Montanans Organize to Stop Coal Trains, Exports

Plans by coal corporations could create five-fold increase in train traffic, extensive traffic delays and large increases in noise and air pollution

Note: City Commission Vote! Gallatin Valley residents: come speak or express your opposition to exporting coal through Bozeman and show your support for this proposed city resolution at the Bozeman City Commission meeting on Monday August 13 (time TBD) at City Hall, 121 North Rouse Avenue (old library building). Thanks to all who came out to the July 9 Commission meeting to exporess your views and push this forward.

Please see bottom of this page for information on submitting letters to the editor of Montana daily newspapers and (for Bozeman residents) to City Council members.

Imagine dozens more trains than existing traffic levels passing through your town…every day and night. Trains with 70 or more cars carrying uncovered carloads of crushed coal. Time and money wasted in traffic back-ups of 8 or more minutes every half-hour. More noise pollution. Coal dust pollution. Higher taxes to pay for massive “externalities” created by transnational mining corporations like Arch, Peabody and Cloud Peak. All this so they can extract coal from Montana and Wyoming, transport it to Pacific ports and ship it across the ocean, while creating almost no new Montana jobs.

Citizens of Bozeman, Billings, Livingston and other many other communities in Montana, Oregon and Washington would suffer directly while the planet will endure environmental impacts from burning huge amounts of oil to ship cheap coal to China and other Asian nations, where it can be burned with inadequate pollution controls. Virtually no new jobs or revenues would be created in any Montana communities.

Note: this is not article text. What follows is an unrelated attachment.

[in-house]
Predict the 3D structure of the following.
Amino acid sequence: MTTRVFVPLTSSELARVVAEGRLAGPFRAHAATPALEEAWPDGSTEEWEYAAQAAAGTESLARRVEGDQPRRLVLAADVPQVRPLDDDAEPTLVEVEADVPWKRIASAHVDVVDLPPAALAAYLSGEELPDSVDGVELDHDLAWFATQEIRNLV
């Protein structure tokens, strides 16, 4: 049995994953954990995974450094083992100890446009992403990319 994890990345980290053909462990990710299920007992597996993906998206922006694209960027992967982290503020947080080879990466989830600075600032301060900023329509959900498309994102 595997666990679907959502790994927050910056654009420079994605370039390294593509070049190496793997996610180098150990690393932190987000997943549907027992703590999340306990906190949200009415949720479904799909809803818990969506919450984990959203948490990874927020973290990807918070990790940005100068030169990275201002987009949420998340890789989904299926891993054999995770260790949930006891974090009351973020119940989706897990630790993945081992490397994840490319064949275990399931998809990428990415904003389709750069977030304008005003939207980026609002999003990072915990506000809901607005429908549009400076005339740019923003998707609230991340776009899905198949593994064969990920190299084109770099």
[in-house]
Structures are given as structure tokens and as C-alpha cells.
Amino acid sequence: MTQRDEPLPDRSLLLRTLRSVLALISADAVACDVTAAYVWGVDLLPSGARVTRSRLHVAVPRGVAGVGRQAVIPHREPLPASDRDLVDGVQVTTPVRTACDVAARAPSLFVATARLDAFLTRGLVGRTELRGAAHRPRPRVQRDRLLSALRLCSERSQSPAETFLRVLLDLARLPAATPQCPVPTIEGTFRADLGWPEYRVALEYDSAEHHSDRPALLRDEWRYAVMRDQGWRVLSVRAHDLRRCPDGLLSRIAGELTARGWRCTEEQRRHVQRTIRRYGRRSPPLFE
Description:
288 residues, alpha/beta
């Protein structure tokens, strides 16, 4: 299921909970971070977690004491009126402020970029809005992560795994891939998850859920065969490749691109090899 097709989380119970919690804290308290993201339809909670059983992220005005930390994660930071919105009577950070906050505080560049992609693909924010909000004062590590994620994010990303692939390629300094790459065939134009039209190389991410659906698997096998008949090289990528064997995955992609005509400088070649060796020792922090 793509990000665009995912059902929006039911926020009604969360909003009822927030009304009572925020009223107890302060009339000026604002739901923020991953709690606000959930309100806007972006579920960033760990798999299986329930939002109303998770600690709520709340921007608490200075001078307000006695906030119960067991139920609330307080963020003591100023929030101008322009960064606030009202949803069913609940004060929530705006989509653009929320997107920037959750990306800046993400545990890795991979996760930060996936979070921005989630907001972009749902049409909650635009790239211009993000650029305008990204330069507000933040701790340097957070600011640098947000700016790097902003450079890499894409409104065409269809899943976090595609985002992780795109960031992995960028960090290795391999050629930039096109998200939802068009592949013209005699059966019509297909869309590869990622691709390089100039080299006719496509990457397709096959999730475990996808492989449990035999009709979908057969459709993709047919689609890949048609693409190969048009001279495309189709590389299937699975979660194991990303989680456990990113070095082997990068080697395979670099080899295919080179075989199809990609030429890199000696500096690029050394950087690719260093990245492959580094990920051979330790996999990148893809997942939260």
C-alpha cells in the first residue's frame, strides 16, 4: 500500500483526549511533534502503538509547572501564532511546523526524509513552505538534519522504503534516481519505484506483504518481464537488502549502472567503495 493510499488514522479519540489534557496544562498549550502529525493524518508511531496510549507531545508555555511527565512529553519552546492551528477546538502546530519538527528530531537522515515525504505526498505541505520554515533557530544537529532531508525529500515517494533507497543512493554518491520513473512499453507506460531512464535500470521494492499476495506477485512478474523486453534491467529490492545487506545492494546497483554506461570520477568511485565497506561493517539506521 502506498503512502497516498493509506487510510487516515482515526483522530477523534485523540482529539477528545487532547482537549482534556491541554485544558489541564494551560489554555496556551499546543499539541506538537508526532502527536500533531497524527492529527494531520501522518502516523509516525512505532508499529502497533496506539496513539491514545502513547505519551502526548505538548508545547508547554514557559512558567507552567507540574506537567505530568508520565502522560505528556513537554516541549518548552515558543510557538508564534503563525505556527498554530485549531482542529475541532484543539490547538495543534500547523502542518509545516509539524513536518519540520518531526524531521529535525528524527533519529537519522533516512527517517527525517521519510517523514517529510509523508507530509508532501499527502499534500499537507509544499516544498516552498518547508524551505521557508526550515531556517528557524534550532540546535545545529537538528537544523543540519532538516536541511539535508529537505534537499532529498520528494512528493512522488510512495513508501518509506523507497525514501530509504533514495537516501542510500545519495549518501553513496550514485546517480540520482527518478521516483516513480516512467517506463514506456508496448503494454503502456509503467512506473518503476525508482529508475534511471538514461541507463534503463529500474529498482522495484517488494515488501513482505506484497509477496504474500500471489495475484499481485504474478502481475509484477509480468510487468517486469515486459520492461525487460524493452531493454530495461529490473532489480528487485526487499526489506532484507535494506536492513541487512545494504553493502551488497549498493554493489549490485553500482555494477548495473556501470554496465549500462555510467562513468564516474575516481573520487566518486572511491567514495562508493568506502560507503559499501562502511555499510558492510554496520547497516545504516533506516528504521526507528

This disturbing picture already is coming into focus. We now see an average of five more trains daily passing through communities on the Burlington Northern and Santa Fe rail line through Montana and into Washington (many through Oregon as well). We believe the harms caused to our communities and the environment as a whole are unacceptable and must be halted through a grassroots uprising.

Perhaps we can learn from the lead of Coal-Free Bellingham, which is pushing to implement the Bellingham Community Bill of Rights. Instead of asking the EPA or Army Corps of Engineers to limit the number of coal trains, reduce the 500 pounds of dust that falls of each rail car, or seek help for traffic problems, their resolution says, “Whereas, the residents of the City of Bellingham possess the inherent and inalienable right to govern their own community…” and goes on to prohibit exportation of coal through their port. The group, working through our allies at the Community Environmental Legal Defense Fund, also has compiled an informative FAQ (pdf). The people of Bellingham are choosing to act as sovereign citizens, not as subjects. Will we?

Elsewhere, the Seattle City Council unanimously passed a resolution on May 29 opposing the development of coal-export terminals in Washington, while Missoula took the modest step of passing a resolution asking the Army Corps of Engineers to study the health impacts of the proposed expansion of coal trains and export.

Contact or call 406-582-1224 to get involved and get contacts in your community. In Bozeman, an inaugural organizing meeting yielded four action groups: public education, state-level policy, developing city ordinances and networking to build alliances with sister communities and organizations. Contact us for the point person in any group of interest to you.

Background Links on the Coal Train/Export Controversy


Key Resources and Organizations

Bozeman, MT Organizing Updates and Resources
(contact us to engage or join local announcement list). See report on inaugural community organizing meeting of May 29.

Speak Up in Print! Express you thoughts in a letter to the editor to one of the Montana newspapers (below) in impacted communities. Reclaim Democracy! created this thorough free primer on writing effective letters to help you (and we’re happy to offer editing assistance).

Bozeman City Commission

  • Sean Becker, Mayor,
  • Jeff Krauss, Deputy Mayor,
  • Carson Taylor, Commissioner,
  • Chris Mehl, Commissioner,
  • Cynthia Andrus, Commissioner,